4-Doors For Iola: How about a Transcontinental?

John Gunnell |
The 1957 Pontiac Custom Star Chief Safari Transcontinental station wagon has a long name and an equally long list of people who would love to see one show up at the 2014 Iola Old Car Show.

The 1957 Pontiac Custom Star Chief Safari Transcontinental station wagon has a long name and an equally long list of people who would love to see one show up at the 2014 Iola Old Car Show.

 

The Midwest’s largest old car show held will again be held in Iola — the headquarters of Old Cars Weekly — on the second weekend in July. This year’s theme “Four for all in ‘14” will spotlight four-door vehicles.

Now, there is a notion that four-door cars just aren’t very collectible. However, when you give it some serious thought, you realize two things. First of all, four-door cars are becoming more appealing to collectors for several reasons.  And secondly, there are some really rare and interesting four-door models like four-door T-birds, 1960s Lincoln-Continental phaetons and the car I’m writing about here today-the 1957 Pontiac Custom Star Chief Safari Transcontinental.

In the fall of 1956, Pontiac introduced a line of new 1957 models with modernized “Star Flight” styling. General features included missile-shaped side trim, flatter tailfins, extended rear fenders with V-shaped tips, lower hoods, a more massive bumper grille, longer horizontal taillights and 14-in. wheels.

The 1957 Pontiacs dropped the Silver Streak trim and were marketed as Chieftain, Super Chief and Star Chief models. The two-door Star Chief Custom Safari—a limited-edition hardtop station wagon like the Chevy Nomad—remained on the smaller Series 27 platform and again had a four-barrel V-8 as base engine. It had Star Chief trim. At midyear, a companion four-door Custom Safari Transcontinental station wagon was announced.

The Safari Transcontinental was a special car. In fact, it was introduced on Jan. 11, 1957, together with the very special Bonneville fuel-injected convertible. The Transcontinental had Bonneville-inspired side trim, a special bench seat with off-shoulder upholstery and a roof rack. It was priced at $3,481, which was going some for a car in ’57. That may be one reason why only 1,894 were built.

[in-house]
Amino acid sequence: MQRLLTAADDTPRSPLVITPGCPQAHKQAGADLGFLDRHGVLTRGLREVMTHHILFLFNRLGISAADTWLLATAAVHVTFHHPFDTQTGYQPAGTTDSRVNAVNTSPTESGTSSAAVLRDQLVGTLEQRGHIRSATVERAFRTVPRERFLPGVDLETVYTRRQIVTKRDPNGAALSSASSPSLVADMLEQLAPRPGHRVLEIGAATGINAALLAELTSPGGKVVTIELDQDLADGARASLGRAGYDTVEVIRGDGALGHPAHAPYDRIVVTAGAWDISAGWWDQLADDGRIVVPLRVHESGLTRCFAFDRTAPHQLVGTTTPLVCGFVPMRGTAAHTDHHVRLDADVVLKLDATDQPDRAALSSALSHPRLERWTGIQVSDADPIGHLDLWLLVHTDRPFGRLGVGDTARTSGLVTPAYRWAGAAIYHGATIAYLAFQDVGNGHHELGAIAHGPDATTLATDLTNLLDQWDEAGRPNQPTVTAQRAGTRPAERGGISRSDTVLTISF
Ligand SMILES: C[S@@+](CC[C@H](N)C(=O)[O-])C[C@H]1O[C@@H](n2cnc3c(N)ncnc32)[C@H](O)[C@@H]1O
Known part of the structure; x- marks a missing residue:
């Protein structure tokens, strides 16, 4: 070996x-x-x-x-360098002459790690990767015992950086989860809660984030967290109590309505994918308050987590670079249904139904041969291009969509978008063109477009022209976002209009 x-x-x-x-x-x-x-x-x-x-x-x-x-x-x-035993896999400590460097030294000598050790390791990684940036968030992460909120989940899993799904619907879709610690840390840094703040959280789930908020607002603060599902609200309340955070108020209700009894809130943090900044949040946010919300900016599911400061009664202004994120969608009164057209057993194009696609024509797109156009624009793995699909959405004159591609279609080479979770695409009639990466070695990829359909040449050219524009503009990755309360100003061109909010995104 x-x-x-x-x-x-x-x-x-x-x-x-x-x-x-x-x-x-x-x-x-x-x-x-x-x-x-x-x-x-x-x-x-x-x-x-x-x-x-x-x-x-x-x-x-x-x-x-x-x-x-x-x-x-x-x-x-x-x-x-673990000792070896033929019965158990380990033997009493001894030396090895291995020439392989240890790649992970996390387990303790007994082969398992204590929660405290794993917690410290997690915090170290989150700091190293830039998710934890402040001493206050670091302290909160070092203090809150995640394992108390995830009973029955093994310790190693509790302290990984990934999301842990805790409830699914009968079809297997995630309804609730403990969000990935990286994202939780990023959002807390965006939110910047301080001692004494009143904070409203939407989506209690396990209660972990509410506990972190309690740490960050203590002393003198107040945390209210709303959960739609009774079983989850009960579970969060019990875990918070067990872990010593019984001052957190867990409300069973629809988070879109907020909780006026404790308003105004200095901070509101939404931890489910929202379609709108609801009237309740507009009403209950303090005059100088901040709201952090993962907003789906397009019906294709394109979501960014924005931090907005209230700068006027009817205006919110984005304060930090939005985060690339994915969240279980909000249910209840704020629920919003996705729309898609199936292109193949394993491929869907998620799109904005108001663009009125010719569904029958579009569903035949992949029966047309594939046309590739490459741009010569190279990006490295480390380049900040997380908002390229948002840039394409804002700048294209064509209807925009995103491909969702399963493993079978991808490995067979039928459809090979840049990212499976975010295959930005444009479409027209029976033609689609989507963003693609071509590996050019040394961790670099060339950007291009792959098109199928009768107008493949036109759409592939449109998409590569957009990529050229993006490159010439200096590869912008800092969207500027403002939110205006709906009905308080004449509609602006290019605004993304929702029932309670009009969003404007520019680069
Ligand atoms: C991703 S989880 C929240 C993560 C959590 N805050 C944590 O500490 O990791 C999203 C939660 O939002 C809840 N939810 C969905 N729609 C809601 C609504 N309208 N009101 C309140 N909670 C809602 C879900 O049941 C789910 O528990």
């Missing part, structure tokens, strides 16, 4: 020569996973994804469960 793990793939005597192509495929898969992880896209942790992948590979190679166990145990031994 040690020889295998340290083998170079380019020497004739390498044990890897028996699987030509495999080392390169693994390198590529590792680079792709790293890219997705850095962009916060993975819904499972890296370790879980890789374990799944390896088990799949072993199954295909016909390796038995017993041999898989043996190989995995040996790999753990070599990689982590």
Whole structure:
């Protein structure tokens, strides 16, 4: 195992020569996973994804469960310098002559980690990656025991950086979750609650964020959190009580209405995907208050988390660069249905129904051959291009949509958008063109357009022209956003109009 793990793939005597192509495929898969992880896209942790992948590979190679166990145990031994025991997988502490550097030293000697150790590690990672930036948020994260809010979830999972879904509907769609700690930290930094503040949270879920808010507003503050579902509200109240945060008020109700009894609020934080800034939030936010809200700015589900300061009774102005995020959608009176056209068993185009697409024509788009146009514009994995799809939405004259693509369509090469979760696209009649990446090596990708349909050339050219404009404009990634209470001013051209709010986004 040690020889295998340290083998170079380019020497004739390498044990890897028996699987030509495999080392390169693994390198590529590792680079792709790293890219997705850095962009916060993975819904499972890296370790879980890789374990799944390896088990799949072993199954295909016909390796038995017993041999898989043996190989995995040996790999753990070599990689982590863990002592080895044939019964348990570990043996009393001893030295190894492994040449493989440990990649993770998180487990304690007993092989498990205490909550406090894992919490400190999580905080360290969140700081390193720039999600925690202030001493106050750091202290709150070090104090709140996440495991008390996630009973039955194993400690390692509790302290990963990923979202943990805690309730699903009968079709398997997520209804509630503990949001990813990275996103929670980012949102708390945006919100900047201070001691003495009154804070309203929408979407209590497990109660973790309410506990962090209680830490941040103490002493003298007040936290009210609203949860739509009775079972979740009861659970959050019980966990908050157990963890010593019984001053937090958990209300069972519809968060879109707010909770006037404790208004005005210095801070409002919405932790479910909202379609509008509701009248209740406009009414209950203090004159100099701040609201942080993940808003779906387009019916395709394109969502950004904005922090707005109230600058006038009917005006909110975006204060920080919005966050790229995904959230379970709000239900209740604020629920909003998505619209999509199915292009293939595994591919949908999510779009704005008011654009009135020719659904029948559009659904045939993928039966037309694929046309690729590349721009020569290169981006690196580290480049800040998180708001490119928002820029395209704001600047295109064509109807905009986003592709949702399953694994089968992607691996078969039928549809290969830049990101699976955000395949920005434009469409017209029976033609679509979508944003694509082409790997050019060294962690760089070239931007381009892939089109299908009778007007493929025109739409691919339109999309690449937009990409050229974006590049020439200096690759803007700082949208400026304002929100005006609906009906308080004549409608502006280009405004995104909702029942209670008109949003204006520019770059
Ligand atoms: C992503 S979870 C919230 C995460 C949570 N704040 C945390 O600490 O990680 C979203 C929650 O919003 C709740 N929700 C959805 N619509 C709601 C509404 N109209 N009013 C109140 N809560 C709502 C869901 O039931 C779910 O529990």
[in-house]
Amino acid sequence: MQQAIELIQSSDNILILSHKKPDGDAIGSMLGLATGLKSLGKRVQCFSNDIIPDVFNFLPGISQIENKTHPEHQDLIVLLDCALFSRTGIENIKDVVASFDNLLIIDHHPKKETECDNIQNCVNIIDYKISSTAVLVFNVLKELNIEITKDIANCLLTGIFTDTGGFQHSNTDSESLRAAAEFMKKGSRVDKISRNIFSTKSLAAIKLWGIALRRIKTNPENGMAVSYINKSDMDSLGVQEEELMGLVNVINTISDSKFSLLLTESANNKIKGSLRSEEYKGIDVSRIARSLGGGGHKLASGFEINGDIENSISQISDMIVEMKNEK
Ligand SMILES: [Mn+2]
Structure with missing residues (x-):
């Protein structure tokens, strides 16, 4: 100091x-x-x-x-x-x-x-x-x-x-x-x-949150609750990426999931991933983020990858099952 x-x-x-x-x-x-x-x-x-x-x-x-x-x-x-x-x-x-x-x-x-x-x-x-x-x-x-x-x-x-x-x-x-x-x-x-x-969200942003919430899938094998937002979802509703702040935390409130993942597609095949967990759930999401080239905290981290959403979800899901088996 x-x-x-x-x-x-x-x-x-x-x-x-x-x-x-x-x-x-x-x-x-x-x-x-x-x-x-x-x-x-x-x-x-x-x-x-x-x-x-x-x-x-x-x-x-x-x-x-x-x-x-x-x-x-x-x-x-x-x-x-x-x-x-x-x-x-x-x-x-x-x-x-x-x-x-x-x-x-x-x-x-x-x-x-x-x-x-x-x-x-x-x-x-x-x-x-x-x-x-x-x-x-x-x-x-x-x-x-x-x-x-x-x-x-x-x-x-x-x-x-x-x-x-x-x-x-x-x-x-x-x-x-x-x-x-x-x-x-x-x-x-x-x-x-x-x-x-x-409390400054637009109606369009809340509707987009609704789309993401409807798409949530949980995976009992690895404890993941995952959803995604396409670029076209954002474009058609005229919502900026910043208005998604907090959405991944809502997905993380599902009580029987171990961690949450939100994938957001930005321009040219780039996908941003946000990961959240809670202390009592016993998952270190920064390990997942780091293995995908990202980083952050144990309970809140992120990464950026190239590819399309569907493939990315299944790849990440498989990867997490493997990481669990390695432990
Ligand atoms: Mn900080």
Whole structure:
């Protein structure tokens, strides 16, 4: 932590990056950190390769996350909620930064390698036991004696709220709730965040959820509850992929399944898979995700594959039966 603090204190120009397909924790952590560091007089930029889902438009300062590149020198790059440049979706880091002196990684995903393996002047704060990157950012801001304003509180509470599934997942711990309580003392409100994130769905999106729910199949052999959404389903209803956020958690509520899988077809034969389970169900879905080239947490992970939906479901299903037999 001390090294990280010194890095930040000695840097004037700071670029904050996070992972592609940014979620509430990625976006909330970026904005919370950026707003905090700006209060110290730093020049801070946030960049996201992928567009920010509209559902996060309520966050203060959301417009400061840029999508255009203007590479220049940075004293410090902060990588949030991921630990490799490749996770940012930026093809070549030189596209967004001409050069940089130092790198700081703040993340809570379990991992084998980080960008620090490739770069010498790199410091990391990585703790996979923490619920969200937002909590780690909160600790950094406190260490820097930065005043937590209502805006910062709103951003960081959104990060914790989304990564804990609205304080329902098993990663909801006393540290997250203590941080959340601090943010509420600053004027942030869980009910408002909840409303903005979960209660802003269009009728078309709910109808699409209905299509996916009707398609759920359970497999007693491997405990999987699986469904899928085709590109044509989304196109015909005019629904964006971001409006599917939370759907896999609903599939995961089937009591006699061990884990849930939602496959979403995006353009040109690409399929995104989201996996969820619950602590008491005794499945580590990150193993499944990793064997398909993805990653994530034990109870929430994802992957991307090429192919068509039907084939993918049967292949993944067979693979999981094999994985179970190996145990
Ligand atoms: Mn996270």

I believe the first time I ever saw a Transcontinental was in a junkyard in Indiana while on a trip for Old Cars Weekly around 1980. If I remember right, Ken Buttolph and I, along with Bob Lichty, were on our way back from the Atlantic City Classic Car Auction. Bob-who owns Motorcar Portfolio today-knew about the car in the junkyard. It was that metallic pea green color that looks great on this model. The wagon was good enough to restore and I should have bought it.

Some of you may have seen the Transcontinental wagon that my friend Lou Calisibetta of Old Stillwater Garage (www.oldstillwatergarage.com) customized with wood trim on the outside. He first did a ’58 Safari that way, then followed up with the coolest Transcontinental you’ll ever see.

Oh well, I didn’t buy the one in the junkyard. I wonder if someone else bought it and restored it or whether it went to the big crusher in the sky? In any case, I would love to see an original or restored (or customized) Transcontinental show up at the Iola Old Car Show this July. Anyone interested in exhibiting their Transcontinental can visit www.IolaOldCarShow.com or write: Iola Old Car Show, PO Box 1, Iola, WI 54945. Or call Mitch or Larry at 1-715-445-4000.

 

Blog Note: I will be writing up a rare four-door car every week from now until the Iola Old Car Show the second week in July. If you have a four-door car you’d like to see there or bring there, email me at Gunnellj@TDS.net.

 

 

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